Design Systems Hot Takes

On being extra

4 min read

While I don’t recommend scales within the semantic set, it could be helpful in your primitives. One way of providing a scale is through something called “T-shirt sizing”. In this method, each size is provided in a similar way to how you might find sizes of clothing in a store. You might choose this type of scale when you expect the middle value to be the default and have values exist in opposite directions. In other words, you’d start with medium or md, and then have a smaller value represented with small or sm and a larger value represented with large or lg.

The T-shirt sizing scale is most frequently found describing space. In fact, I mention it as a direction within Gridless Design. While I have discovered a more semantic method of applying space since then, the T-shirt sizing approach remains popular and is appropriate for primitive token sets most certainly.

In seeing folks demonstrate their T-shirt sizing scale, one thing irks me. It’s about how people handle being “extra”.

Growing badly

Certainly, your scale will most likely exist to have more than 3 sizes, and when that occurs this extends into “extra” territory. In other words, you’ll begin to have values for xs and xl to go out from either direction of small and large. So far, so good. But if you extend one more step in either direction, you’ll begin to see and example like this: xxs.

Certainly, the expectation is that this is “extra extra small” or “double X S”. The problem is more apparent as you include more sizes, you’ll get xxxs and xxxxs; the representation becomes longer with each size.

The fix for this is very simple, use a number to indicate the number of X’s, so for xxxxs, you’d replace with 4xs. In this way, you aren’t repeating the character which increase the length of the representation. It is also more clear how many X’s in the name instead of needing to count at larger amounts. Of course, this goes for the xl direction too.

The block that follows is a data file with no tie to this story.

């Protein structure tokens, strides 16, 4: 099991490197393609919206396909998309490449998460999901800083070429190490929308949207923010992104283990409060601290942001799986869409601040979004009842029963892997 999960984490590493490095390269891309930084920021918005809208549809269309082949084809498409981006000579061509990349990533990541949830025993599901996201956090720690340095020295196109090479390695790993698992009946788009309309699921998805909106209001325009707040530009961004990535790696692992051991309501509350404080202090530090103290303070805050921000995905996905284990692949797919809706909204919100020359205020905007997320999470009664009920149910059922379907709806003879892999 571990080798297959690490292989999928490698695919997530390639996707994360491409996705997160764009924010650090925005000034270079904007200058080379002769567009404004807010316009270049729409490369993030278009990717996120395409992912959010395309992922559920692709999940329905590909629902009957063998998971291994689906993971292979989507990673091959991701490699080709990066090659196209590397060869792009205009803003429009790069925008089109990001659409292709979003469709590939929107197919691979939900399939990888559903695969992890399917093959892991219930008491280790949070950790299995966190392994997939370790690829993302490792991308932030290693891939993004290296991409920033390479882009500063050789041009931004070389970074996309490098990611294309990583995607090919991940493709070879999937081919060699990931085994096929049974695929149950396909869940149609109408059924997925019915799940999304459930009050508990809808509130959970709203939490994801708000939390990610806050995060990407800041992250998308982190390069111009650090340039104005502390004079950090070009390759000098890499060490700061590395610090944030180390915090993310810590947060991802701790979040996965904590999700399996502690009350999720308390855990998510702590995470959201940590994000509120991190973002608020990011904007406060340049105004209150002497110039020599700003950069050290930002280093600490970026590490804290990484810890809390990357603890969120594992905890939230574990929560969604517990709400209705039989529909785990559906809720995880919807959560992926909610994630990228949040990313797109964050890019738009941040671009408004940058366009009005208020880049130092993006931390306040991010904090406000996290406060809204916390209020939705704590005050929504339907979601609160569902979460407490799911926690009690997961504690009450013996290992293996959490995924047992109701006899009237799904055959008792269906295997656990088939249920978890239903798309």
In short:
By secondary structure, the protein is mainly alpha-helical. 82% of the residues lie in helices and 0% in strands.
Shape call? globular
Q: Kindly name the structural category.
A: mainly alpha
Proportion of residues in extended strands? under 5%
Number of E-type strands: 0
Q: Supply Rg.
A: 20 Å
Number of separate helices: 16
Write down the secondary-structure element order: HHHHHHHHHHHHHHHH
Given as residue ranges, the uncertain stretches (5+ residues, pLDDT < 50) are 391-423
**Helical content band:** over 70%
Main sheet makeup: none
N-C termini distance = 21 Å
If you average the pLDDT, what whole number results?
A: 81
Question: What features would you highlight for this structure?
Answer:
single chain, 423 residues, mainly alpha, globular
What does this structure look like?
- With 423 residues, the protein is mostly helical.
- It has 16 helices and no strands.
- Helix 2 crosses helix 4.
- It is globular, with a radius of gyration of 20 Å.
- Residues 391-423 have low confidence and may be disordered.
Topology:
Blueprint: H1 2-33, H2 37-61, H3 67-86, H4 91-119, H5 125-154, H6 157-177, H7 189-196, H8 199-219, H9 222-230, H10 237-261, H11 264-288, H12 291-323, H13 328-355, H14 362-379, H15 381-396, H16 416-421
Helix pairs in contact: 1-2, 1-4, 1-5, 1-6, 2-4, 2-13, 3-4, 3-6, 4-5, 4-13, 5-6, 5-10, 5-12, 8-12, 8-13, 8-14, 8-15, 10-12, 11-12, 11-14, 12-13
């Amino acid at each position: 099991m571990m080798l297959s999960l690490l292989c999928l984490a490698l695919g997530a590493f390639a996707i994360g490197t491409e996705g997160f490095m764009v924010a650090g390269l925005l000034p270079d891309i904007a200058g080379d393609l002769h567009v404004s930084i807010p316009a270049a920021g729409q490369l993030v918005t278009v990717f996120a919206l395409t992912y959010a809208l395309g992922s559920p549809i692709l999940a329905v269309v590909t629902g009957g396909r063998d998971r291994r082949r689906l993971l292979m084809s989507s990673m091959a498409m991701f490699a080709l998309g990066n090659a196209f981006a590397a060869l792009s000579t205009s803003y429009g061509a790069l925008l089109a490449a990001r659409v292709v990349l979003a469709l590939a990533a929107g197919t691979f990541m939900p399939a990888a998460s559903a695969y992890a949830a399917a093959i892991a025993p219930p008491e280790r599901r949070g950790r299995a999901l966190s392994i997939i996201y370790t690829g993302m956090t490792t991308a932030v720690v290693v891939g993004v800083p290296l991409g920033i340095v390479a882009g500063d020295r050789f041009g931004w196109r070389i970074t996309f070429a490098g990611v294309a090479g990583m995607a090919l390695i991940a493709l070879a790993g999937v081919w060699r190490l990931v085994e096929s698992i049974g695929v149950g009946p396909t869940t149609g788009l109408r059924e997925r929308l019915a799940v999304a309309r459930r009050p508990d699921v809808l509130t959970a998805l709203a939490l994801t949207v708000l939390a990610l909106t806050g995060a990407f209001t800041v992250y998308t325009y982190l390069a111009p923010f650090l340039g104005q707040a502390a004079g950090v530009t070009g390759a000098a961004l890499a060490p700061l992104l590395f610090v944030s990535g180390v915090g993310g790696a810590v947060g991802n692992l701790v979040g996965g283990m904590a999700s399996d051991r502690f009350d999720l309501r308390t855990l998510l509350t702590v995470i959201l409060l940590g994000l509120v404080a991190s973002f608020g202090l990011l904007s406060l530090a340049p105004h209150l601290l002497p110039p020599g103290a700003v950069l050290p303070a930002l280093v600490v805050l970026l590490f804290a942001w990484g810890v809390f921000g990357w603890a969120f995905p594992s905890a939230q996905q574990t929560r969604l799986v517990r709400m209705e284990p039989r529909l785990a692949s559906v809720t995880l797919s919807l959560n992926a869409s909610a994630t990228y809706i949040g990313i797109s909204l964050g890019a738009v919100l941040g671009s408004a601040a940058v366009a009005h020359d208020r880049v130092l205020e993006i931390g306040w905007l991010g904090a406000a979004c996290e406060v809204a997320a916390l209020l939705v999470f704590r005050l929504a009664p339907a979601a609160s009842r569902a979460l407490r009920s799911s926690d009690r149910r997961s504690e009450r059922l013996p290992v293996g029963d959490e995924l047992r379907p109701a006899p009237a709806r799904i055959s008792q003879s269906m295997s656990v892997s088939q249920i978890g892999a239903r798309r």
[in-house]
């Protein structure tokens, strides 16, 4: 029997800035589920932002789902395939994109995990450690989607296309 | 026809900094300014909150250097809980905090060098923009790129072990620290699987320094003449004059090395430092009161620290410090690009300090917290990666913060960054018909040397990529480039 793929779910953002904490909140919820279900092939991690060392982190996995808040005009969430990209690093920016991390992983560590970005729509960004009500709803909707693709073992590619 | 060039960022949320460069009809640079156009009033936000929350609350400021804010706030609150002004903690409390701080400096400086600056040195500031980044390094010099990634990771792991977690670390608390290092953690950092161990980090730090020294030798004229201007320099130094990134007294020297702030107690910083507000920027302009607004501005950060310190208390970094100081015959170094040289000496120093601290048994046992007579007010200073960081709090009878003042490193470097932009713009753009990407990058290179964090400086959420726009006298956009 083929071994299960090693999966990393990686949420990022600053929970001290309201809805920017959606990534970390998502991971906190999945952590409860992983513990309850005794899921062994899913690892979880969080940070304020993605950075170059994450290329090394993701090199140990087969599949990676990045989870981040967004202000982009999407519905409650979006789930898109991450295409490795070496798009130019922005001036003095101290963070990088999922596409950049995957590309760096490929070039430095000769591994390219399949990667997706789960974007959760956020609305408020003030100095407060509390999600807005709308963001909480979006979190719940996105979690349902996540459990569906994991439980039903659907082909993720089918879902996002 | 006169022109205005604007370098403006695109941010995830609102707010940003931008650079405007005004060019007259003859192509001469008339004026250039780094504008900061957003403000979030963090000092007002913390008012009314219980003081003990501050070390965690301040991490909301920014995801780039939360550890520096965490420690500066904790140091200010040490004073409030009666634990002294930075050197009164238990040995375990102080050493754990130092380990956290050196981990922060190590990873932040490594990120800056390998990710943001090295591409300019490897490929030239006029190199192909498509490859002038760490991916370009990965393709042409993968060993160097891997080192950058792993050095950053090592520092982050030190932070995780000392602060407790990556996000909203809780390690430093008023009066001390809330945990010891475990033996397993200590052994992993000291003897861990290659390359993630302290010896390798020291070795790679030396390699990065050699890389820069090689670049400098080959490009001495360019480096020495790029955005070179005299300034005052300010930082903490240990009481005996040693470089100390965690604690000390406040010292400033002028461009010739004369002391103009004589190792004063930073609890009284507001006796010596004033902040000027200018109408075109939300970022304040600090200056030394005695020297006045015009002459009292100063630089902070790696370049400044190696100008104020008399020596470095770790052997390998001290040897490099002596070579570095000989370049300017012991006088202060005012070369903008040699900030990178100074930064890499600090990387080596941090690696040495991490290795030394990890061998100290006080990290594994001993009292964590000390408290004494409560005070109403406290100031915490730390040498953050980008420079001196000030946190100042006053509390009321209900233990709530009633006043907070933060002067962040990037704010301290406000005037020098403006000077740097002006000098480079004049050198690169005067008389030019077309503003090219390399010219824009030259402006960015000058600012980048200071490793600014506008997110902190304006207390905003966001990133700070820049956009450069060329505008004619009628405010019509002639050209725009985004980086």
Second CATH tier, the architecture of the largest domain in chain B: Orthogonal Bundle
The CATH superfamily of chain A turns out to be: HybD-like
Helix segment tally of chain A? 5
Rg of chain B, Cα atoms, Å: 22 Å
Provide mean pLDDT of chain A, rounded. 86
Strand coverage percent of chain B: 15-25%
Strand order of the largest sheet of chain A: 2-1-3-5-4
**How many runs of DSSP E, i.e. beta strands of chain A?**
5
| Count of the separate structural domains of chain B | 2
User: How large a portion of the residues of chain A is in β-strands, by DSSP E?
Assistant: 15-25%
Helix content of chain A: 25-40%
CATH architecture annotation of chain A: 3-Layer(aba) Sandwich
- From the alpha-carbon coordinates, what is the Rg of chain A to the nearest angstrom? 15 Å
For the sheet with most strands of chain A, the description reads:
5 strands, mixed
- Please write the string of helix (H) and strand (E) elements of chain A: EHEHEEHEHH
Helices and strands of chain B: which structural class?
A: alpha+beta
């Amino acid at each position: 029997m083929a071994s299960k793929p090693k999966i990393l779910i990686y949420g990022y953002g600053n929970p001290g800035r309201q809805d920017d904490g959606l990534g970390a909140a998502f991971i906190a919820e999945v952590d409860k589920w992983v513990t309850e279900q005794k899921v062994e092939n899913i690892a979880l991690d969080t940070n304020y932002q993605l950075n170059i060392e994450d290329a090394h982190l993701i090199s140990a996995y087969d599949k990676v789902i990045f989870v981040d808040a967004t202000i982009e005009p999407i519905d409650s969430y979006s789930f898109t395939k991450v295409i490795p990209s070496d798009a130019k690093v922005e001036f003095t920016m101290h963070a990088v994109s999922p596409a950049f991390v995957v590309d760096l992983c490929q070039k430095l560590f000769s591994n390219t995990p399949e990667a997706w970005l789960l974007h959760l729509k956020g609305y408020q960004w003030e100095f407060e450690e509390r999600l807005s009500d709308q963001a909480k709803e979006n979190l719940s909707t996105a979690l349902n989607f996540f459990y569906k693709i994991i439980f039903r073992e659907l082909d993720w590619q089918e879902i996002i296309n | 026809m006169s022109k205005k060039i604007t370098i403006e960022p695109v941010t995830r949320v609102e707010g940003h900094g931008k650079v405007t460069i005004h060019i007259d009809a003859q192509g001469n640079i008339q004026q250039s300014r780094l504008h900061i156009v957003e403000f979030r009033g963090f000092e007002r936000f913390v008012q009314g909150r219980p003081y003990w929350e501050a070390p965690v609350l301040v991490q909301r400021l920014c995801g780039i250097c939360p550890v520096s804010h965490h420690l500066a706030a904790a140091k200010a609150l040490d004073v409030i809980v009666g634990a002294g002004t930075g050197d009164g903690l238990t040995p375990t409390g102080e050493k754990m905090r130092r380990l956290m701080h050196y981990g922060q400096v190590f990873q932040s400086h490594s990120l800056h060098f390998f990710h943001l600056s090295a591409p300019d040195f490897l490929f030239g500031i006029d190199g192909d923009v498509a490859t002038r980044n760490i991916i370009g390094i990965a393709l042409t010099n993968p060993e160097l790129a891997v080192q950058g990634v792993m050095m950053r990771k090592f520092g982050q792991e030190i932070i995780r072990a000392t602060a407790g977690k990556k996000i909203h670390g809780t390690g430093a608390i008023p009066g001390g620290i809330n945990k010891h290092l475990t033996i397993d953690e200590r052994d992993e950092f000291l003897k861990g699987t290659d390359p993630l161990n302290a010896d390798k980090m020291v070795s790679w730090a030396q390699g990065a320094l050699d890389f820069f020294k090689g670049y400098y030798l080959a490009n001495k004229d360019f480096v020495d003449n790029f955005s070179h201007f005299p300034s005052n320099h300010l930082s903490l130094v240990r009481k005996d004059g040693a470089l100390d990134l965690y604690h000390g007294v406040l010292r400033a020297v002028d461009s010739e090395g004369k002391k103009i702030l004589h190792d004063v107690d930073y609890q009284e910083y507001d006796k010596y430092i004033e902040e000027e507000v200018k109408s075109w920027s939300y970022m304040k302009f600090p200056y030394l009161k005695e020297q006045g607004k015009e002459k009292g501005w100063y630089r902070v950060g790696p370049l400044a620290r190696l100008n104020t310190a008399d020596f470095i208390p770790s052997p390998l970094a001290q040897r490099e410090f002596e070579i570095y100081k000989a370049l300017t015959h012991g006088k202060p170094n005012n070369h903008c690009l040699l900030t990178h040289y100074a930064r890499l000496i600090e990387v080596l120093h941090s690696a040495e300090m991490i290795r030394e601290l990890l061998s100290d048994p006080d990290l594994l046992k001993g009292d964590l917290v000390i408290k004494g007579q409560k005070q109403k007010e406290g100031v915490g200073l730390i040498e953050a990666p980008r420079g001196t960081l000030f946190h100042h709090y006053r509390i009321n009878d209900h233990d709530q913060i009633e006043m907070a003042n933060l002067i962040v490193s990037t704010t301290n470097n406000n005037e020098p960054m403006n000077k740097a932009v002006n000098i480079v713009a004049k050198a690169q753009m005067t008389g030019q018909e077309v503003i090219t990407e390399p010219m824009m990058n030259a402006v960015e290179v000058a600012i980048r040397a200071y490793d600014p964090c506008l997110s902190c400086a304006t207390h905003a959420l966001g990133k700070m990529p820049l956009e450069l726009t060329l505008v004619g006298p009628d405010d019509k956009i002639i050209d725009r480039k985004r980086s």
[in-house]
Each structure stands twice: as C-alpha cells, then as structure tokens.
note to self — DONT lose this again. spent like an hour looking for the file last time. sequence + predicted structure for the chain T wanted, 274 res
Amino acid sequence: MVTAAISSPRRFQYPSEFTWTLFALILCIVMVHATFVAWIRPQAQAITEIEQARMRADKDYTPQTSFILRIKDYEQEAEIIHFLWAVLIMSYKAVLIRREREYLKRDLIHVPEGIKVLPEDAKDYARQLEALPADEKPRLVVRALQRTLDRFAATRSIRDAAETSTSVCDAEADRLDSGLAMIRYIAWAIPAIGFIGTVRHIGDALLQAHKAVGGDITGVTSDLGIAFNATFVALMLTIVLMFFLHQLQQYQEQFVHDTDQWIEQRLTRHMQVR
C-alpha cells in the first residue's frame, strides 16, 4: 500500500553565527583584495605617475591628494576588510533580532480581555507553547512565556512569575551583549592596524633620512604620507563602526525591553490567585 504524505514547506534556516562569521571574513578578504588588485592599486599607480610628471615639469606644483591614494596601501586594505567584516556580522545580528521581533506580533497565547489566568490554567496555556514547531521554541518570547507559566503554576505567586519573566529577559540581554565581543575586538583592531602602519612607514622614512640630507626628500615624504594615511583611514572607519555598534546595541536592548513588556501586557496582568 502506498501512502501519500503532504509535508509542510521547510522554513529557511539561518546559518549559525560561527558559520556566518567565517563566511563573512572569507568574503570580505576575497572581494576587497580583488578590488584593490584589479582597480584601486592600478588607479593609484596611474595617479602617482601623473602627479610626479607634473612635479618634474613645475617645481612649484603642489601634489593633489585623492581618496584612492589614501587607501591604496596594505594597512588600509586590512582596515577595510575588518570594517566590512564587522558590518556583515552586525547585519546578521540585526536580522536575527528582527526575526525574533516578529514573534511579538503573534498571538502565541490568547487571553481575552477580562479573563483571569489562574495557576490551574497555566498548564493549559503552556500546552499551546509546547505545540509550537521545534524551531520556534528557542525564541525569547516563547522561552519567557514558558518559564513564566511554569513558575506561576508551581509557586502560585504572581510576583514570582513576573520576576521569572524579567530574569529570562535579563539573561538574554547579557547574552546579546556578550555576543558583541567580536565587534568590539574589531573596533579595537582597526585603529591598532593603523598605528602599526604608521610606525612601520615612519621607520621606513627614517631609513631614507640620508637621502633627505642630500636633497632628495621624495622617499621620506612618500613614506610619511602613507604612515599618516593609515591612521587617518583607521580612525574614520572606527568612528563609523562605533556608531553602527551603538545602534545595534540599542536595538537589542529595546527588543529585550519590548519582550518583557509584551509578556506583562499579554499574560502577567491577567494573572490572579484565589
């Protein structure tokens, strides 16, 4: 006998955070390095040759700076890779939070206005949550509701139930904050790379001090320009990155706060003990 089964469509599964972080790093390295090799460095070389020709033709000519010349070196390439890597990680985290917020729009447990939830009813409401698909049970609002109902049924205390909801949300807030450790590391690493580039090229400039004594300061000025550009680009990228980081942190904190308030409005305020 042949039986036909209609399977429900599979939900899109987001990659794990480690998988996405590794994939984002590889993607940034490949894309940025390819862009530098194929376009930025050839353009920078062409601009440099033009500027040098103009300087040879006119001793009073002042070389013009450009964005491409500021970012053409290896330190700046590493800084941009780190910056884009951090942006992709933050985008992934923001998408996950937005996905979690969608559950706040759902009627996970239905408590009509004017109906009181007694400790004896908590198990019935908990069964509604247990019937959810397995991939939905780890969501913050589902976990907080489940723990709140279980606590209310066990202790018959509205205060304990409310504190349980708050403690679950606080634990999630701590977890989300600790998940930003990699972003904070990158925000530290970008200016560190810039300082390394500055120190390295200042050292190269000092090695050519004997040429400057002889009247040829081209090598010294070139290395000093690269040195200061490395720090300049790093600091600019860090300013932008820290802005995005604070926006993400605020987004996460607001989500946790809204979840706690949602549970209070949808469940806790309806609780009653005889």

So why aren’t people doing this? I’m going to make some assumptions.

Perhaps there is a constraint that the representation must start with an alpha character. For example, HTML id attributes should start with an alpha character, and Javascript variables also cannot start with a number.

If this is the case, then you can do one of two things. You could flip the X and number which would create x2l. This is most likely less clear what it is meant to convey but it does keep the number of characters low if that is beneficial in some way. The other option is to prefix with alpha characters like a namespace. size-2xl is more readable but longer if that is critical. I’d imagine the latter is more appropriate, as this also indicates what set this representation is meant to be included within.

Another possiblity is that the number suggests a relationship within the value. A person might perceive that 2xl is twice as large as xl which may not be the case. The relationship is more ambiguous when numbers aren’t included. I’m not confident this is the perception, as we don’t commonly assume that color-red-200 is “twice as red” than color-red-100. Though the mental model is wholly different in comparing color to size. Doubling color isn’t an exercise we normally consider, but doubling an amount of space would be.

And finally, the good ol’ Bandwagon Effect. Some team copied another system that looked good enough and wound up with a scale that could have been improved but, due to lack of resources, was never corrected. The team is now stuck smashing that X key until the correct value is set.

Is this nitpicky? Maybe. But I also think it’s an easy win to make a small part of the system more maintainable and easily referrable. If you’re considering T-shirt sizing in your system, then I highly recommend representing the extraness with numbers over excess Xs.


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